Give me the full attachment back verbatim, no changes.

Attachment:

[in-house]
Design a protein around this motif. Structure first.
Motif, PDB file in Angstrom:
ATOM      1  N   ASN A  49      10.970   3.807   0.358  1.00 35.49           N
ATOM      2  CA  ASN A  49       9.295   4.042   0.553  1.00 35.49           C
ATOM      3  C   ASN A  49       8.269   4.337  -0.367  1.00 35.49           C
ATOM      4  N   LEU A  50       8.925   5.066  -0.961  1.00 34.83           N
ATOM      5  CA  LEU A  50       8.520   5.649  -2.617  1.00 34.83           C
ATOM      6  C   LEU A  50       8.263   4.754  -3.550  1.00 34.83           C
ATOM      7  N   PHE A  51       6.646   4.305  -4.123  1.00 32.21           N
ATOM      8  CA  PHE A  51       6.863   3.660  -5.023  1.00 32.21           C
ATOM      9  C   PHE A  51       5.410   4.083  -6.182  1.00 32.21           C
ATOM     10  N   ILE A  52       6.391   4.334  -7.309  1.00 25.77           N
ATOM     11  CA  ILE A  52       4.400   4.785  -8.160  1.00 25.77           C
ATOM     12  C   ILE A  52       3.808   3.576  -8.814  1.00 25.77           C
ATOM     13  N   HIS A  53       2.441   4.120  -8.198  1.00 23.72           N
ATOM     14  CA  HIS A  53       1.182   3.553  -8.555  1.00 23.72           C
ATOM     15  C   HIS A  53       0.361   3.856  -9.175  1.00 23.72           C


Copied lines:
[in-house]
Design a protein around this motif. Structure first.
Motif, PDB file in Angstrom:
ATOM      1  N   ASN A  49      10.970   3.807   0.358  1.00 35.49           N
ATOM      2  CA  ASN A  49       9.295   4.042   0.553  1.00 35.49           C
ATOM      3  C   ASN A  49       8.269   4.337  -0.367  1.00 35.49           C
ATOM      4  N   LEU A  50       8.925   5.066  -0.961  1.00 34.83           N
ATOM      5  CA  LEU A  50       8.520   5.649  -2.617  1.00 34.83           C
ATOM      6  C   LEU A  50       8.263   4.754  -3.550  1.00 34.83           C
ATOM      7  N   PHE A  51       6.646   4.305  -4.123  1.00 32.21           N
ATOM      8  CA  PHE A  51       6.863   3.660  -5.023  1.00 32.21           C
ATOM      9  C   PHE A  51       5.410   4.083  -6.182  1.00 32.21           C
ATOM     10  N   ILE A  52       6.391   4.334  -7.309  1.00 25.77           N
ATOM     11  CA  ILE A  52       4.400   4.785  -8.160  1.00 25.77           C
ATOM     12  C   ILE A  52       3.808   3.576  -8.814  1.00 25.77           C
ATOM     13  N   HIS A  53       2.441   4.120  -8.198  1.00 23.72           N
ATOM     14  CA  HIS A  53       1.182   3.553  -8.555  1.00 23.72           C
ATOM     15  C   HIS A  53       0.361   3.856  -9.175  1.00 23.72           C